gateway n.

a portal allowing travel or communication between dimensions, alternate universes, etc.; gate n.

FTL

Dimensions

  • 1933 H. Vincent Wanderer of Infinity in Astounding Stories of Super-Sci. Mar. 107/1 page image Harl Vincent bibliography

    It is a gateway to your world, a means of contact with your plane of existence for those many vicious hordes that dwell in other planes of the fifth dimension.

  • 1939 N. S. Bond Monster from Nowhere in Fantastic Adventures July 53/2 page image Nelson S. Bond bibliography

    It could have been four huge fingers…with the palm descending to grasp the daring tri-dimensional ‘Flatlander’ who had the audacity to match wits with a creature from a superior world…. But sometimes I am tempted to organize another expedition to the Maratan Plateau, myself. Try to learn the truth concerning the thing from beyond the Gateway.

  • 1947 E. Fennel Black Priestess of Varda in Planet Stories Winter 22/1

    The progressive civilization of the Superiors had been interrupted by alien creatures, the Luvans, who had opened a Gateway from another world.

  • 1947 H. Kuttner Way of Gods in Thrilling Wonder Stories April 15/2 Henry Kuttner

    He shrugged his wings together and stooped to enter the gateway of the new world. Behind them the old man watched in silence, seeing the work of his lifetime ending. The gulf between them was too broad for leaping. He was human and they were not. Across a vast distance, vaster than the gulf between worlds, he saw the family of the mutations step over their threshold and vanish forever.

  • 1948 J. Blish Against Stone Beasts in Planet Stories Fall 77/2 James Blish

    I discovered in my time a sort of gateway to your time, and to seventeen other nearly synchronous moments, set up by a scientist unknown to me. Each of the gates seems to open upon one single specific instant. For instance: before I fell into the one which brought me here, I saw a figure I'm sure was yours. And it was motionless above the city, all the time that I was watching it.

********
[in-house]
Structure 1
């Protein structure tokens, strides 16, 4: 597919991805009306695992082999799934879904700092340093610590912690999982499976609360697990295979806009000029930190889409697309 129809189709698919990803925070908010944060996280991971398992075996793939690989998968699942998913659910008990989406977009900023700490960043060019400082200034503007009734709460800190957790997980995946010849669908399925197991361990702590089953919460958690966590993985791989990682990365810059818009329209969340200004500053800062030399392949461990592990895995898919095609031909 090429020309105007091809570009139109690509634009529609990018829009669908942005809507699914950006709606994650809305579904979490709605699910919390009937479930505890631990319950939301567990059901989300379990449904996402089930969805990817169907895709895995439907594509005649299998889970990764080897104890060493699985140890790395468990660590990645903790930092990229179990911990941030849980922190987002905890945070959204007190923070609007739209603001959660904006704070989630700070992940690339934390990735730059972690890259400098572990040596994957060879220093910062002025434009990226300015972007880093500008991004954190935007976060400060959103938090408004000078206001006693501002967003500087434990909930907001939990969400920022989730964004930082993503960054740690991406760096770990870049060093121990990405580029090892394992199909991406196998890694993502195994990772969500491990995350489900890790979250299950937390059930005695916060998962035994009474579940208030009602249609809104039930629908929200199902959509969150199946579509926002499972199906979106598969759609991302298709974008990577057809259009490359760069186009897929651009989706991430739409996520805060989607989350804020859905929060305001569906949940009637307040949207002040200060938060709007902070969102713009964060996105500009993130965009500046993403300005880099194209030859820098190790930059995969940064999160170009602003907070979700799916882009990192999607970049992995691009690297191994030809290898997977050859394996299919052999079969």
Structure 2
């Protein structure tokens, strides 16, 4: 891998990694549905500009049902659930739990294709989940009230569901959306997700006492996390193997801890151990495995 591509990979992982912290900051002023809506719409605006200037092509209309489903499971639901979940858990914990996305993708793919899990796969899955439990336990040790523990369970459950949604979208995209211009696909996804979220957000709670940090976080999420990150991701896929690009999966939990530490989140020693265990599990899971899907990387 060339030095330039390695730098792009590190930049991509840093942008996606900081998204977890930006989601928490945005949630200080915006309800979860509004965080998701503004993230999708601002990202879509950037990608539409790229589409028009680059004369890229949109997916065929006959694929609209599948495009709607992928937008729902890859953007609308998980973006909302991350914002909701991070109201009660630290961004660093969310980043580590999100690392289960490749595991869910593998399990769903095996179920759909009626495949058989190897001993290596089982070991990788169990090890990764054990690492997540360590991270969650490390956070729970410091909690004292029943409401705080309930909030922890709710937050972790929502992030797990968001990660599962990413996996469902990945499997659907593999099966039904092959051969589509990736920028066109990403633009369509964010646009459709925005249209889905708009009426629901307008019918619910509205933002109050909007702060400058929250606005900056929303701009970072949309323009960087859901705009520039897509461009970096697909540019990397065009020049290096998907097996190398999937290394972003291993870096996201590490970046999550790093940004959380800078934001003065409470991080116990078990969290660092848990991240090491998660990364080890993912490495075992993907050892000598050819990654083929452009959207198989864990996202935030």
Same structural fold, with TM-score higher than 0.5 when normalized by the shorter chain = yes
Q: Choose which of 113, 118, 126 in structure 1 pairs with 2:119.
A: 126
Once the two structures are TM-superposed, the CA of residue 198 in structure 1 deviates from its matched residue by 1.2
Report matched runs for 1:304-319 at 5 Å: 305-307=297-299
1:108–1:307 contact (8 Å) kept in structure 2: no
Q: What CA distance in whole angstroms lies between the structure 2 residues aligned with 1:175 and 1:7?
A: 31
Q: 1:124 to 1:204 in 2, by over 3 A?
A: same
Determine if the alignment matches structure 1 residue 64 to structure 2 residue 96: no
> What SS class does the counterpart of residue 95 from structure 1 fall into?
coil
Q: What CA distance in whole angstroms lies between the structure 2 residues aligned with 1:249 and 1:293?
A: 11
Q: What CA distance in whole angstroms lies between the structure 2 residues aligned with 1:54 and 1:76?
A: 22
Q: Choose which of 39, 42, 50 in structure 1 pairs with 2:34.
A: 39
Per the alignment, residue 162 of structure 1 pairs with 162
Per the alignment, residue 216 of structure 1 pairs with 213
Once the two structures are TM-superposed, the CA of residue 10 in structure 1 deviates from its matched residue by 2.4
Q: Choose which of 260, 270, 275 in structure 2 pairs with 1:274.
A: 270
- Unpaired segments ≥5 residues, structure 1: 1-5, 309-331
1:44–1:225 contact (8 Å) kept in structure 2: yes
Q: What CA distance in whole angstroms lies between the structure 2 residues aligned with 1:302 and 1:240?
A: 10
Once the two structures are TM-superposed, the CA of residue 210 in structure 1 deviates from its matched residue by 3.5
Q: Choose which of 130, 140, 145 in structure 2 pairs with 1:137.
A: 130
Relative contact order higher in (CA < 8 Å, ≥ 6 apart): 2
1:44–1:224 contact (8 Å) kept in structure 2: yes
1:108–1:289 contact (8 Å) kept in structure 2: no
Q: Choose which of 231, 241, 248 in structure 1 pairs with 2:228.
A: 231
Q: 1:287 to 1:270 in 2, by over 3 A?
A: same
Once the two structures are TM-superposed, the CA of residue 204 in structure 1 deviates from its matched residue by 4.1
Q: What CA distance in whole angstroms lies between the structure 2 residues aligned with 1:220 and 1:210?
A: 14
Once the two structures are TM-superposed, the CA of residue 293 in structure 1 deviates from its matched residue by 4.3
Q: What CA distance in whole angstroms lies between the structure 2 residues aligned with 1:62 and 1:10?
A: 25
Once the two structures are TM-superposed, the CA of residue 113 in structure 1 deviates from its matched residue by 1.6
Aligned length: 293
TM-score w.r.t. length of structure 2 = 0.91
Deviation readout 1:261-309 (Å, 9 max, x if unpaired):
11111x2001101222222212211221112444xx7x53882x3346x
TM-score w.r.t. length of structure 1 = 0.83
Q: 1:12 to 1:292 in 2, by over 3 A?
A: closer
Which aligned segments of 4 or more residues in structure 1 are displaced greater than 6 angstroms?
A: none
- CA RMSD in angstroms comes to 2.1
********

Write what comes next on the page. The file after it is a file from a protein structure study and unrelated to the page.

• 1977 L. Brackett Veil of Astellar in Best of Leigh Brackett iv. 96 Leigh Brackett

    The crystals hung in a wide circle, tilting slightly inward. They pulsed with a blackness that was beyond mere dark, a negative thing as blazing and tangible as sunlight. The angle of tilt and the tuning of the facets against one another made the difference in the result, whether projecting the Veil, or motive power, or hypnosis, or serving as a gateway to another time and space.

  • 2004 P. F. Hamilton Pandora's Star i. 21 Peter F. Hamilton

    Sleek white passenger expresses flashed past pulling dozens of carriages; multiworld commuters, whose route would take them through twenty or more planets as they rushed from gateway to gateway on a never-ending circuit.


Research requirements

antedating 1933

Earliest cite

Harl Vincent, 'Wanderer of Infinity'

Research History
Fred Galvin submitted a 1947 cite from Erik Fennel's "Black Priestess of Varda".
Fred Galvin submitted a 1948 cite from James Blish's "Against the Stone Beasts".
Fred Galvin submitted a 1947 cite from Henry Kuttner's "Way of the Gods".
Fred Galvin submitted a cite from a 1977 reprint of Leigh Brackett's 1944 "The Veil of Astellar".
Fred Galvin submitted a 1942 cite from Paul Edmonds' (aka Henry Kuttner) "Night of the Gods".
Fred Galvin submitted a cite from a 1946 reprint of Nelson S. Bond's "The Monster from Nowhere"; Jesse Sheidlower verified it in its first appearance in the July 1939 Fantastic Adventures.
Jeff Prucher submitted a cite from a 1970 reprint of Harl Vincent's "Wanderer of Infinity": Mike Christie verified this in its first publication in Astounding Stories, 1933

Last modified 2020-12-16 04:08:47
In the compilation of some entries, HDSF has drawn extensively on corresponding entries in OED.